Performing selections from West Side Story, Guys and Dolls and Cabaret with a healthy dose of Rodgers and Hammerstein, Gilbert and Sullivan, plus Les Miserables and The Boy From Oz, a cast of 82 past and present members reminded the capacity audience why we all love musical theatre so much.

Visiting Mr Green

By Jeff Baron. Centenary Theatre Group Inc. (Qld). March 5 – 27, 2011.

At times it is difficult to discriminate between professional and community/amateur theatre. This production ─ a Queensland premiere ─ is a case in point.

I couldn’t avoid the parallels with The King’s Speech: both have eminently forgettable titles yet both are tours de force for two male actors ─ strong engaging characters caught up in personal dramas with which we (the audience) empathise instantly. And both prove sterling entertainment because we leave the theatre provoked yet fulfilled.

Partenope

Opera by George Frideric Handel. Libretto by Silvio Stampiglia, Luigi Mancia, Antonio Caldera; English translation by Amanda Holden. Co-produced by Opera Australia and English National Opera. Director, Christopher Alden; Conductor, Christian Curnyn; Set Designer, Andrew Lieberman. Opera Theatre, Sydney Opera House. Until March 31.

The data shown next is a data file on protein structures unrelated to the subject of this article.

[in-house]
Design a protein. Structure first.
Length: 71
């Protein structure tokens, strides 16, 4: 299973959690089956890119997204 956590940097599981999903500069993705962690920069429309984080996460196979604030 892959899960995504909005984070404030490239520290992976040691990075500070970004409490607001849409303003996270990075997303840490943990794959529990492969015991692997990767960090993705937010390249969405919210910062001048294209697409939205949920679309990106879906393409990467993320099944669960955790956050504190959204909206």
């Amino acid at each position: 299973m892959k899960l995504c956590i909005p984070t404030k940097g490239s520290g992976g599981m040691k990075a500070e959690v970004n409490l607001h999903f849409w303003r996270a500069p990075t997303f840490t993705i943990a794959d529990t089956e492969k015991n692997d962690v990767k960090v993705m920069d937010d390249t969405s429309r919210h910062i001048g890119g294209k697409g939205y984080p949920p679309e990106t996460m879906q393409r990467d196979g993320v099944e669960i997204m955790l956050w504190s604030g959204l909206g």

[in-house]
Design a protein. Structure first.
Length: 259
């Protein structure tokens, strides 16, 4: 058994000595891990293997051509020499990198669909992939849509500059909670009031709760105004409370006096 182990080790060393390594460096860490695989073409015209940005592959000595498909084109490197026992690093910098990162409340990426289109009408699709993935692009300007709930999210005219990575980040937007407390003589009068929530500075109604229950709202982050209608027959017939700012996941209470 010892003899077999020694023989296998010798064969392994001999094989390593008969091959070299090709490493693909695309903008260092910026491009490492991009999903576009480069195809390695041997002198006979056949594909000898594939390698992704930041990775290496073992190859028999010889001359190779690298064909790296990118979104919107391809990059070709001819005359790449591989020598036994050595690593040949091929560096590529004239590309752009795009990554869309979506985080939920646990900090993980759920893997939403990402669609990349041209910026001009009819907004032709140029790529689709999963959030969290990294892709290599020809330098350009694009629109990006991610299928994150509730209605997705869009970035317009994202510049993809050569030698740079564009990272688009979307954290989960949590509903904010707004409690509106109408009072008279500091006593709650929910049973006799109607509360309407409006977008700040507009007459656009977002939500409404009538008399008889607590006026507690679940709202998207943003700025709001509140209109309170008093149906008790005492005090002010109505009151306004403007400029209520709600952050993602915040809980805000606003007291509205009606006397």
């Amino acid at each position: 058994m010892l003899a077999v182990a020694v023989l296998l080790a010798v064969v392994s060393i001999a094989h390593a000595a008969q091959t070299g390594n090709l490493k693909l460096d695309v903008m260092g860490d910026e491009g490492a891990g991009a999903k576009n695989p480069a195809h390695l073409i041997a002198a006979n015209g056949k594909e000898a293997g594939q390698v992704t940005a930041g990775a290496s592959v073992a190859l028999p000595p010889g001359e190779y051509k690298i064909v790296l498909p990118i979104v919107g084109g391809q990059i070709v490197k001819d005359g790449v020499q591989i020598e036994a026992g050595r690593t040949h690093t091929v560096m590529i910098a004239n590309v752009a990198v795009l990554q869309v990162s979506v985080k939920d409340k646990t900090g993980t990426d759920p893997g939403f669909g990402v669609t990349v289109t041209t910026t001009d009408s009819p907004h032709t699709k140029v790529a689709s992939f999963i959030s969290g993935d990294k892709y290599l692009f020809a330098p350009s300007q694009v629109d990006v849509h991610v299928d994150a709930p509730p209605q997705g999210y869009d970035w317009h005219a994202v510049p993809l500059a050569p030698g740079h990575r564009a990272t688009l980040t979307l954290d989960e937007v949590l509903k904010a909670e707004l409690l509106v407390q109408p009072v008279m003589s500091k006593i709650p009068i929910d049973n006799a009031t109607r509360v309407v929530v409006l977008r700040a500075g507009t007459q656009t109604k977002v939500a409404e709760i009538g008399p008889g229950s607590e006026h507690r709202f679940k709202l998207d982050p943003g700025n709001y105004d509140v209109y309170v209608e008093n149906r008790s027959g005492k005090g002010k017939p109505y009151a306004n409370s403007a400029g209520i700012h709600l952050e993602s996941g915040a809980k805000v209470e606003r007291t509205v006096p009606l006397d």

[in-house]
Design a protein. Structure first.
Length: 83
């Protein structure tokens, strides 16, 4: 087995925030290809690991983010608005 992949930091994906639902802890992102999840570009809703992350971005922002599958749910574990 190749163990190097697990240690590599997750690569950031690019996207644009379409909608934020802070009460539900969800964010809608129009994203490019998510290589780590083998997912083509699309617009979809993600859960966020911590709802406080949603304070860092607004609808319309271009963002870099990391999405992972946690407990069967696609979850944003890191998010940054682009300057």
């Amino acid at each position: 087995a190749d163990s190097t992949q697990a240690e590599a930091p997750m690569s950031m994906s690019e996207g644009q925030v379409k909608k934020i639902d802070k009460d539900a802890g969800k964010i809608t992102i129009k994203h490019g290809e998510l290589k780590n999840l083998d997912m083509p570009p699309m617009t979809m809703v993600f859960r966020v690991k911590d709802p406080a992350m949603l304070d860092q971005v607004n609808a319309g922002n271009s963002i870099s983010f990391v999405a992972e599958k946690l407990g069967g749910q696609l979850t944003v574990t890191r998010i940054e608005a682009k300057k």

This classy co-production, already an Olivier Award winner in London, breathes new life into a dusty Handel opera from 1730. That the composer of Messiah had written such a comic, absurdist romp is a surprise; though even he might have blanched at some of the night’s gender-bending, sex-obsessed goings-on. Handel’s classical setting has been moved to the languorous 1930s surreal world of Salvador Dali and Man Ray.

Secret Bridesmaids' Business

By Elizabeth Coleman. Canberra Repertory Society. Directed by Geoffrey Borny. Theatre 3, Acton (ACT) 4 to 19 March, 2011

Elizabeth Coleman's telling comedy highlights the dilemma of whether to reveal a devastating secret to the woman it most concerns—through its relevance to her imminent wedding.  This play stands out for its serious but funny treatment both of the broad ways in which we might deal with such a problem and of what the problem reflects of our deepest needs, for loyalty, for love, for committed friendship, and for being understood.